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Type of alcohol and drinking pattern in 56, 970 Danish men and women.

https://arctichealth.org/en/permalink/ahliterature10512
Source
Eur J Clin Nutr. 2000 Feb;54(2):174-6
Publication Type
Article
Date
Feb-2000
Author
M. Grønbaek
A. Tjønneland
D. Johansen
C. Stripp
K. Overvad
Author Affiliation
Danish Epidemiology Science Centre at the Institute of Preventive Medicine, Kommunehospitalet, DK-1399 Copenhagen K, Denmark. mg@ipm.hosp.dk
Source
Eur J Clin Nutr. 2000 Feb;54(2):174-6
Date
Feb-2000
Language
English
Publication Type
Article
Keywords
Alcohol Drinking
Beer
Coronary Disease - mortality
Cross-Sectional Studies
Denmark
Educational Status
Female
Humans
Male
Research Support, Non-U.S. Gov't
Smoking
Wine
Abstract
OBJECTIVE: To describe drinking patterns among individuals who prefer drinking wine, beer or spirits. DESIGN: Cross-sectional study obtaining detailed information on intake of wine, beer and spirits and on frequency of alcohol intake. Adjustment for gender, age, smoking habits, educational attainment and body mass index. SETTING: Denmark. SUBJECTS: 27, 151 men and 29, 819 women, randomly selected from Copenhagen and Aarhus, Denmark. MAIN OUTCOME MEASURES: Drinking pattern-steady or binge drinking. RESULTS: A vast majority (71%) of both men and women preferred wine or beer. At all levels of total alcohol intake, beer drinkers were most likely to be frequent drinkers. Thus, light drinkers of beer had an odds ratio for being frequent drinkers of 1.97 (95% confidence limits 1.50-2.58) as compared to light drinkers of wine (total alcohol intake 3-30 drinks per month), while people who preferred beer had an odds ratio of 1. 29 (1.19-1.40) compared with wine drinkers in the moderate drinking category (31-134 drinks per month). There were no significant differences in total alcohol intake between individuals preferring different alcoholic beverages. CONCLUSION: If binge drinking is less healthy than steady drinking, the relation between wine intake and coronary heart disease mortality could be subject to negative confounding, since beer drinkers seem to have the most sensible drinking pattern. SPONSORSHIP: Danish Cancer Society and the Danish National Board of Health. European Journal of Clinical Nutrition (2000) 54, 174-176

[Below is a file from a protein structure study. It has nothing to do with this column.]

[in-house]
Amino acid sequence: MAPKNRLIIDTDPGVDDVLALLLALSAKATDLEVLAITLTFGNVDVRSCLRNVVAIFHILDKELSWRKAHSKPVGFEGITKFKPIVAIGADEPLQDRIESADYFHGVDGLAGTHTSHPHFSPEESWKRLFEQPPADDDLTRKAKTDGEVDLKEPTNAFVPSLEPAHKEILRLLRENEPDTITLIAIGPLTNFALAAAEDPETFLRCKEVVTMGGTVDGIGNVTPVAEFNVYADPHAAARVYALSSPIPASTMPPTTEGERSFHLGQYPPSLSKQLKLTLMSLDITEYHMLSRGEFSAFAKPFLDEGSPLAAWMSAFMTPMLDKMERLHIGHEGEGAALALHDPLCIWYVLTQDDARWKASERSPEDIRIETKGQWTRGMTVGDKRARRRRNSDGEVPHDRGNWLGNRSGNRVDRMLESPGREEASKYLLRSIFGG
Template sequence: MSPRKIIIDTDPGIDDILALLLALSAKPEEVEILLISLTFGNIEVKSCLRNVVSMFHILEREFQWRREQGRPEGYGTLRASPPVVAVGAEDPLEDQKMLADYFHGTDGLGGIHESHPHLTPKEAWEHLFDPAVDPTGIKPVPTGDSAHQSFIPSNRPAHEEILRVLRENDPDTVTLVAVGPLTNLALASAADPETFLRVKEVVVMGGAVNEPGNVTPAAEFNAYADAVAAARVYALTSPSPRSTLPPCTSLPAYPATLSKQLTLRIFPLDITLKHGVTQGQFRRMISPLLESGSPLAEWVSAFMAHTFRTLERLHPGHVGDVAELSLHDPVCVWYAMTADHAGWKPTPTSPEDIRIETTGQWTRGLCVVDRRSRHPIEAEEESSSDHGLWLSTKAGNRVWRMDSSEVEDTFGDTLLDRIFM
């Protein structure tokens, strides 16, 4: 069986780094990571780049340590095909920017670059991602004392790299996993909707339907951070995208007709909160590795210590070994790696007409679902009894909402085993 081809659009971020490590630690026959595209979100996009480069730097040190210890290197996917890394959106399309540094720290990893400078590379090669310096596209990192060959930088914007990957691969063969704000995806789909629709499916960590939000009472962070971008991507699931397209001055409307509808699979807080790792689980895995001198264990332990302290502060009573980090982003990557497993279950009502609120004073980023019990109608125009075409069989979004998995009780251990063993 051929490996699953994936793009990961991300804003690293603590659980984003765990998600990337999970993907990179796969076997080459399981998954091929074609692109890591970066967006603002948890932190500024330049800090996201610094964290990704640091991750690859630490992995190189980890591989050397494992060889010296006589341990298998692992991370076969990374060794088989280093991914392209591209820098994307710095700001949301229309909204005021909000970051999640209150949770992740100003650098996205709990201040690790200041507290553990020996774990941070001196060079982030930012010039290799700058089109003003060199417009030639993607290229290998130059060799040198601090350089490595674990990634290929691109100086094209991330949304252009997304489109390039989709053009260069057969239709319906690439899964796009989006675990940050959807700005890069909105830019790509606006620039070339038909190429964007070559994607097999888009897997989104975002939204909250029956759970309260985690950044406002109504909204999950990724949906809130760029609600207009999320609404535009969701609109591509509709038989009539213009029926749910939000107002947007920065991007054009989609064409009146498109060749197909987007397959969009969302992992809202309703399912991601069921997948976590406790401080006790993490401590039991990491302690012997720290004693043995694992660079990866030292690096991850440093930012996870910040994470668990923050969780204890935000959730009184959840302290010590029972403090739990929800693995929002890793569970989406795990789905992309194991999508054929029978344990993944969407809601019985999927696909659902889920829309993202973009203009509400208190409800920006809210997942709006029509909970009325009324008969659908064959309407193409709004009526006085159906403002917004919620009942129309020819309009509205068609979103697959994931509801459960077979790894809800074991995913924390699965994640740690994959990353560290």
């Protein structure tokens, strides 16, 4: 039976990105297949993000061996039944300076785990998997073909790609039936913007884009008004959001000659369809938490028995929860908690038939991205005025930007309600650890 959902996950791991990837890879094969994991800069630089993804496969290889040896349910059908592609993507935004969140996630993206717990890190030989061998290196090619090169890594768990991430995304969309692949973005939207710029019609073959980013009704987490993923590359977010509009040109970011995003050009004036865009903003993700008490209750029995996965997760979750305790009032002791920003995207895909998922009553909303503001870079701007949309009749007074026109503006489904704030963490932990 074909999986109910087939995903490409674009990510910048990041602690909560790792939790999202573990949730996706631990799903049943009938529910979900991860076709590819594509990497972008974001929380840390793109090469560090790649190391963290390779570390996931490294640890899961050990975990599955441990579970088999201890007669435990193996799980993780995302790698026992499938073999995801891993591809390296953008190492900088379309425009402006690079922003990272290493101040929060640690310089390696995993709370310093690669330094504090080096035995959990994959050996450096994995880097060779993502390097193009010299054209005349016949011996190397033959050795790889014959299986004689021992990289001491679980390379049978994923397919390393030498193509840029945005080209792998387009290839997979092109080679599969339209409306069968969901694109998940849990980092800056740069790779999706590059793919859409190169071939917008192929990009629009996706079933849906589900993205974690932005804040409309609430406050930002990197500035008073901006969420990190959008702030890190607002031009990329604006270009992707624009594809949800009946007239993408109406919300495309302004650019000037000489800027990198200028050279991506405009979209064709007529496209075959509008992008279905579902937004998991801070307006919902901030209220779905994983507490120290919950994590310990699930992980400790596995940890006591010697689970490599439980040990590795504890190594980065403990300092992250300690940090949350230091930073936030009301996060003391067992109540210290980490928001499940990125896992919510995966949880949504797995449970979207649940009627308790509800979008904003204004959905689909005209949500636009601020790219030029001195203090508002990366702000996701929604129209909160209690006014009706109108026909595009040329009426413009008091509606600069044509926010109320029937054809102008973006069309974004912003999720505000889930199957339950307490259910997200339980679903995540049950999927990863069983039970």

PubMed ID
10694790 View in PubMed
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Wine intake and diet in a random sample of 48763 Danish men and women.

https://arctichealth.org/en/permalink/ahliterature10739
Source
Am J Clin Nutr. 1999 Jan;69(1):49-54
Publication Type
Article
Date
Jan-1999
Author
A. Tjønneland
M. Grønbaek
C. Stripp
K. Overvad
Author Affiliation
Danish Cancer Society, Institute of Cancer Epidemiology, Copenhagen. annet@cancer.dk
Source
Am J Clin Nutr. 1999 Jan;69(1):49-54
Date
Jan-1999
Language
English
Publication Type
Article
Keywords
Beer
Cohort Studies
Comparative Study
Cross-Sectional Studies
Denmark
Diet
Dose-Response Relationship, Drug
Ethanol - administration & dosage - therapeutic use
Female
Humans
Life Style
Male
Middle Aged
Myocardial Ischemia - prevention & control
Odds Ratio
Research Support, Non-U.S. Gov't
Sex Factors
Wine
Abstract
BACKGROUND: Variation in diet associated with drinking patterns may explain why wine seems to reduce ischemic heart disease mortality. OBJECTIVE: Our objective was to study the association between intake of different alcoholic beverages and selected indicators of a healthy diet. DESIGN: This was a cross-sectional study conducted in Copenhagen and Aarhus, Denmark, from 1995 to 1997, and included 23 284 men and 25 479 women aged 50-64 y. The main outcome measures were groups of selected foods that were indicators of a healthy dietary pattern. RESULTS: Wine, as compared with other alcoholic drinks, was associated with a higher intake of fruit, fish, cooked vegetables, salad, and the use of olive oil for cooking in both men and women. Men who preferred beer and spirits had odds ratios of 0.42 (95% CI: 0.39, 0.45) and 0.51 (95% CI: 0.43, 0.60), respectively, for a high intake of salad compared with those who preferred wine. Higher wine intake was associated with a higher intake of healthy food items compared with intake of
Notes
Comment In: Am J Clin Nutr. 1999 Jan;69(1):2-39925114
PubMed ID
9925122 View in PubMed
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